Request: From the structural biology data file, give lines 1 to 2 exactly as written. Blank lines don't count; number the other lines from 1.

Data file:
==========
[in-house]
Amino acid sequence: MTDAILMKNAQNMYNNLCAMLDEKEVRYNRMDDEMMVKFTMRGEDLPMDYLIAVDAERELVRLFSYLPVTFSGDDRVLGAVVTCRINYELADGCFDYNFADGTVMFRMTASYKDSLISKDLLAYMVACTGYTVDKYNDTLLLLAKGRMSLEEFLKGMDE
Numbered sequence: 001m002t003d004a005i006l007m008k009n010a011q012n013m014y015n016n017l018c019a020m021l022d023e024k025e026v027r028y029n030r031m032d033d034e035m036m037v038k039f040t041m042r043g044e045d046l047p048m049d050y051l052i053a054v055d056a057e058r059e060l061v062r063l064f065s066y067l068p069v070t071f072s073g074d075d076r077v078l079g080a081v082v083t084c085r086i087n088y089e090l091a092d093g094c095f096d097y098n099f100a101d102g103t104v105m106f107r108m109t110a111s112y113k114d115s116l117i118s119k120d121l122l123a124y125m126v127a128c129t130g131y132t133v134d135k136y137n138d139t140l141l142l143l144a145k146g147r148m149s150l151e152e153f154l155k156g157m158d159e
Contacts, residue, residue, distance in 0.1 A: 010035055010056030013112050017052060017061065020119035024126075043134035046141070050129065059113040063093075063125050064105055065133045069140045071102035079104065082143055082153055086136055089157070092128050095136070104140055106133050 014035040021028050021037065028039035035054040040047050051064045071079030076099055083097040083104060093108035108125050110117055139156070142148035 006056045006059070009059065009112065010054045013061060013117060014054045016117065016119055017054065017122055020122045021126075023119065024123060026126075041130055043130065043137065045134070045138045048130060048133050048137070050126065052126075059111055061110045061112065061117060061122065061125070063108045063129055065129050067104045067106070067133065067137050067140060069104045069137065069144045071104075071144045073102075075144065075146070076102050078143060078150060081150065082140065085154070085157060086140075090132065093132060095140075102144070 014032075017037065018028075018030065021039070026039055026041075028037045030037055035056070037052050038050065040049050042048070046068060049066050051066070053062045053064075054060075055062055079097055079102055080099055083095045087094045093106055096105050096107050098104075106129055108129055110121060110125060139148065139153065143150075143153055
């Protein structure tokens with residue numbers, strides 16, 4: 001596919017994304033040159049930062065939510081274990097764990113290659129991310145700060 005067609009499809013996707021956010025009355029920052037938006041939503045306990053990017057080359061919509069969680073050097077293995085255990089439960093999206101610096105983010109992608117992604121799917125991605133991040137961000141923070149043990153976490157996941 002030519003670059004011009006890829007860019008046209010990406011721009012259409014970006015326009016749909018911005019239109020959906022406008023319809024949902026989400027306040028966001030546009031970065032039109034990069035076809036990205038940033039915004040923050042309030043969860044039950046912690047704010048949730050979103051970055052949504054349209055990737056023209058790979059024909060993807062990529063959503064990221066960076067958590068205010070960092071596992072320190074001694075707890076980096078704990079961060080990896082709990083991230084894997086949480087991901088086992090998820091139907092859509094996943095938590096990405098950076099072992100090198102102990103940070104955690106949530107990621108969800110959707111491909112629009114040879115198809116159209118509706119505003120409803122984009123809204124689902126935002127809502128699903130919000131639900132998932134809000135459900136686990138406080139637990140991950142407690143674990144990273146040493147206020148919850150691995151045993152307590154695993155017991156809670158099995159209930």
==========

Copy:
[in-house]
Amino acid sequence: MTDAILMKNAQNMYNNLCAMLDEKEVRYNRMDDEMMVKFTMRGEDLPMDYLIAVDAERELVRLFSYLPVTFSGDDRVLGAVVTCRINYELADGCFDYNFADGTVMFRMTASYKDSLISKDLLAYMVACTGYTVDKYNDTLLLLAKGRMSLEEFLKGMDE